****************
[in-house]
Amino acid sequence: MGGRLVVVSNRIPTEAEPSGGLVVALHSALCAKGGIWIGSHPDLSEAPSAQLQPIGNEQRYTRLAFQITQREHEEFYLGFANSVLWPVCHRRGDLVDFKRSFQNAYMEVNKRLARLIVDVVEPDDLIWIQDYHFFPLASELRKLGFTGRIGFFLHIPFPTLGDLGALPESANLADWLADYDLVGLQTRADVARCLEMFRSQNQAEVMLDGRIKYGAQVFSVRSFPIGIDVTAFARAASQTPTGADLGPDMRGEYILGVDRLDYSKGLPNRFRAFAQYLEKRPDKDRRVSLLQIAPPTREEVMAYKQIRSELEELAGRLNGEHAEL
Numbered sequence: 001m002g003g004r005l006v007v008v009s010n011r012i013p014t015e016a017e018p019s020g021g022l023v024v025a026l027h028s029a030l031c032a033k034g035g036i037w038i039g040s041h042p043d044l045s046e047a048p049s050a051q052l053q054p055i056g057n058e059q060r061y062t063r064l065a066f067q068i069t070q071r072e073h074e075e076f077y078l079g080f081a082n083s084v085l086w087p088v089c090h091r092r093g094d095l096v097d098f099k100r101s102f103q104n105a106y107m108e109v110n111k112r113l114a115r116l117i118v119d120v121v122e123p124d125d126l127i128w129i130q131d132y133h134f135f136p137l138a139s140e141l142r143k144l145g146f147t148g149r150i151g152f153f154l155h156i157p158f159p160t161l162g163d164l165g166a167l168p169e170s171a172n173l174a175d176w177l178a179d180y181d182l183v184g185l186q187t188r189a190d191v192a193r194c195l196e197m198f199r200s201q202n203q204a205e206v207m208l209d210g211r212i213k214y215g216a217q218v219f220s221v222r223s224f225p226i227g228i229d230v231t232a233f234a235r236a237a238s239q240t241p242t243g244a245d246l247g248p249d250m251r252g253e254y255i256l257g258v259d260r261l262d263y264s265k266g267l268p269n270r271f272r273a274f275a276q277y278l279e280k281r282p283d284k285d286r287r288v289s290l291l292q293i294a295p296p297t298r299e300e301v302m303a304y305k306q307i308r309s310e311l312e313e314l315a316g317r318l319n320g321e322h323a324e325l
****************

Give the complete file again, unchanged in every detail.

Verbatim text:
[in-house]
Amino acid sequence: MGGRLVVVSNRIPTEAEPSGGLVVALHSALCAKGGIWIGSHPDLSEAPSAQLQPIGNEQRYTRLAFQITQREHEEFYLGFANSVLWPVCHRRGDLVDFKRSFQNAYMEVNKRLARLIVDVVEPDDLIWIQDYHFFPLASELRKLGFTGRIGFFLHIPFPTLGDLGALPESANLADWLADYDLVGLQTRADVARCLEMFRSQNQAEVMLDGRIKYGAQVFSVRSFPIGIDVTAFARAASQTPTGADLGPDMRGEYILGVDRLDYSKGLPNRFRAFAQYLEKRPDKDRRVSLLQIAPPTREEVMAYKQIRSELEELAGRLNGEHAEL
Numbered sequence: 001m002g003g004r005l006v007v008v009s010n011r012i013p014t015e016a017e018p019s020g021g022l023v024v025a026l027h028s029a030l031c032a033k034g035g036i037w038i039g040s041h042p043d044l045s046e047a048p049s050a051q052l053q054p055i056g057n058e059q060r061y062t063r064l065a066f067q068i069t070q071r072e073h074e075e076f077y078l079g080f081a082n083s084v085l086w087p088v089c090h091r092r093g094d095l096v097d098f099k100r101s102f103q104n105a106y107m108e109v110n111k112r113l114a115r116l117i118v119d120v121v122e123p124d125d126l127i128w129i130q131d132y133h134f135f136p137l138a139s140e141l142r143k144l145g146f147t148g149r150i151g152f153f154l155h156i157p158f159p160t161l162g163d164l165g166a167l168p169e170s171a172n173l174a175d176w177l178a179d180y181d182l183v184g185l186q187t188r189a190d191v192a193r194c195l196e197m198f199r200s201q202n203q204a205e206v207m208l209d210g211r212i213k214y215g216a217q218v219f220s221v222r223s224f225p226i227g228i229d230v231t232a233f234a235r236a237a238s239q240t241p242t243g244a245d246l247g248p249d250m251r252g253e254y255i256l257g258v259d260r261l262d263y264s265k266g267l268p269n270r271f272r273a274f275a276q277y278l279e280k281r282p283d284k285d286r287r288v289s290l291l292q293i294a295p296p297t298r299e300e301v302m303a304y305k306q307i308r309s310e311l312e313e314l315a316g317r318l319n320g321e322h323a324e325l